Time in the Wilderness

Michael Riviere – Wilderness Ranger Intern

University of Montana

Bitterroot National Forest

Throughout this summer of working on trails in the Selway-Bitterroot Wilderness I have been paying a fair amount of attention to the time it has taken for me and the Wilderness to become acquainted. I say acquainted because these woods, rocks, and mountain ranges are constantly changing through immense amounts of natural forces.  Rain, droughts, fires, snow and ice cause trails to become rutted from water runoff, blocked by fallen trees, or worse, blocked by boulders tumbling from above.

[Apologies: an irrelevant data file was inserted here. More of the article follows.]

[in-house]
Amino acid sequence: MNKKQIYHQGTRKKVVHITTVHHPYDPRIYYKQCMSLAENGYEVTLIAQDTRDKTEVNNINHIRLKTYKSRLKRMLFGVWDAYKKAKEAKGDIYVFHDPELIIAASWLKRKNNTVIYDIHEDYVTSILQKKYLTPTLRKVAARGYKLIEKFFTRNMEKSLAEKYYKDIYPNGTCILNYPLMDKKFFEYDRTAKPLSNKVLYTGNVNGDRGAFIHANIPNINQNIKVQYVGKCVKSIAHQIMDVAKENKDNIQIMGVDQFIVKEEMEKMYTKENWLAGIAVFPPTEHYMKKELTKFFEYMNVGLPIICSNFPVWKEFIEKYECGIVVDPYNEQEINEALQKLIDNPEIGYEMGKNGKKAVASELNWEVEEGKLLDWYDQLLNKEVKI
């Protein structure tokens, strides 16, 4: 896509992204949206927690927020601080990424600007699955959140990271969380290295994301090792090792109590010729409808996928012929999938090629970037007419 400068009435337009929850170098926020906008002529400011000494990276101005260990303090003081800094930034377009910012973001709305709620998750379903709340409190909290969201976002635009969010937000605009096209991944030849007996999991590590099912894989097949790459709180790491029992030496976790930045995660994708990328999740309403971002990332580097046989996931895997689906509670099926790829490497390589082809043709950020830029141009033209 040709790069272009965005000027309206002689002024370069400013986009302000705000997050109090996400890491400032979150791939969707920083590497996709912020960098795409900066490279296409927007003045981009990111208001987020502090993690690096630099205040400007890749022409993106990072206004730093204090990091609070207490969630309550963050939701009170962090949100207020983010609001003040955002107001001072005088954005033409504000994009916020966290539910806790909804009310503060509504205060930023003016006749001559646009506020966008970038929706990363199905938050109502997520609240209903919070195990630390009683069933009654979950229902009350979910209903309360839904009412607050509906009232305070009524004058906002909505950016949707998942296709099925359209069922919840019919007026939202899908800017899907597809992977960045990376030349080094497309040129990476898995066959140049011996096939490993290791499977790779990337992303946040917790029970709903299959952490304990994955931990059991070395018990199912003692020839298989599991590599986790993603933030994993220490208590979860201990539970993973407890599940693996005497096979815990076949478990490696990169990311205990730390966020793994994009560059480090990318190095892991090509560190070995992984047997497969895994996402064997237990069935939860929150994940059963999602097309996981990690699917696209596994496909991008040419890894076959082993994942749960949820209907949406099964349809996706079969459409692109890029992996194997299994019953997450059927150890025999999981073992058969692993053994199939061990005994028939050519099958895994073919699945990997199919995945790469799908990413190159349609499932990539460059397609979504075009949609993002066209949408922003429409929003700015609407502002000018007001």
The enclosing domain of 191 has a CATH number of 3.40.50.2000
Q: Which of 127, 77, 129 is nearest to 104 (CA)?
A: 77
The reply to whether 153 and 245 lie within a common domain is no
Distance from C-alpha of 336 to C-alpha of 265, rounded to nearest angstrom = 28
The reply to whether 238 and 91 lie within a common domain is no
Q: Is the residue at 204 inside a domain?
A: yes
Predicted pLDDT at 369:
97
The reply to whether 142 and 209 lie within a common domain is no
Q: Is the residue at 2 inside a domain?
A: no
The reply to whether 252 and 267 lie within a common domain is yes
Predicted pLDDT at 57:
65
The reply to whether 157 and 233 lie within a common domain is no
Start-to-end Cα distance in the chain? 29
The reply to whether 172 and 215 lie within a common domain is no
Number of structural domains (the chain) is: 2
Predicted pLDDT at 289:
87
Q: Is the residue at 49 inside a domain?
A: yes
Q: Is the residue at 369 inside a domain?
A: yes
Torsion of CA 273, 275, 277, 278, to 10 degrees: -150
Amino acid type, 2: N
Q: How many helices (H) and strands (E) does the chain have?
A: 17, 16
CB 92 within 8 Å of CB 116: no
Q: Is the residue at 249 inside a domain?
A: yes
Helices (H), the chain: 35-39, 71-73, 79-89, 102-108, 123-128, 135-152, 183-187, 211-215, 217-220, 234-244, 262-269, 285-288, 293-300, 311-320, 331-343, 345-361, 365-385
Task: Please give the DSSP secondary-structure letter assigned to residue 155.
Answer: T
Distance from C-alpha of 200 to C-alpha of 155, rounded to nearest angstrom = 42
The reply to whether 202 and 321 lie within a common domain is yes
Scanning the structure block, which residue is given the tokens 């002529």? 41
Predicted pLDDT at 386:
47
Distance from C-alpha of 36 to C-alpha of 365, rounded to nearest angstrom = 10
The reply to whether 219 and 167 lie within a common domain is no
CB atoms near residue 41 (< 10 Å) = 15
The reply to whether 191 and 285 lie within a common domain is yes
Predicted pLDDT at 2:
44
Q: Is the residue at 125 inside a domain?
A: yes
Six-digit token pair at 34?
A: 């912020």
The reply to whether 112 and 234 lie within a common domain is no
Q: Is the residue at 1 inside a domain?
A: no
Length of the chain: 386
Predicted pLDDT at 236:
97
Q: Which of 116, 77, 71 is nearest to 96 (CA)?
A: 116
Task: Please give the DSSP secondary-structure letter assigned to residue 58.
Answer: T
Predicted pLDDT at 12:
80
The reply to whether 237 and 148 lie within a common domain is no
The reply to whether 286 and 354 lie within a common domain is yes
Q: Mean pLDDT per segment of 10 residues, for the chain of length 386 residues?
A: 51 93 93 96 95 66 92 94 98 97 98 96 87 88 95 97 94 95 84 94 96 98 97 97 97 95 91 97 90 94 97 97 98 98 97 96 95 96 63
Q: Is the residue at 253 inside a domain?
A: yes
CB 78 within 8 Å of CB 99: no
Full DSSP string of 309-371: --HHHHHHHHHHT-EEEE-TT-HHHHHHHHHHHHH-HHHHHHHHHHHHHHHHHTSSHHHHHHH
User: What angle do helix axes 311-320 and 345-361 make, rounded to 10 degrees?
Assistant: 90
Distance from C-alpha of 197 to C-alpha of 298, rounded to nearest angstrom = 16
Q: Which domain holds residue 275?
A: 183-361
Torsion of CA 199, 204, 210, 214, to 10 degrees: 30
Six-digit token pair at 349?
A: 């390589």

I often remind myself to stop and look around, take in the sights (after all, I may see something I wouldn’t expect).  Time in the Wilderness is dictated by how much you are carrying. You can get work done quickly and have a short day or work slowly and have a longer day.  The enjoyment received from the job comes from clearing trails there is no doubt, but I find the purpose of working in Wilderness is because of the Wilderness. The grandeur of the landscape, knowing through time it will inevitably change, drastic or not. I do not feel as though our work is futile knowing the next year there will be just as many trees to cut, rocks to move, or even fire rings to naturalize. Futility is only a concept if you feel there is no purpose in the work you are doing. Although the trails being maintained require persistence, working alongside other like-minded people such as Connor, Verena, and Adam, reminds me constantly I’m not alone in my efforts of keeping and maintaining Wilderness character.  Even after the satisfaction wears off of bucking a large tree, the long-lasting gratification I get is knowing others are persistent in preserving natural resources for generations to come.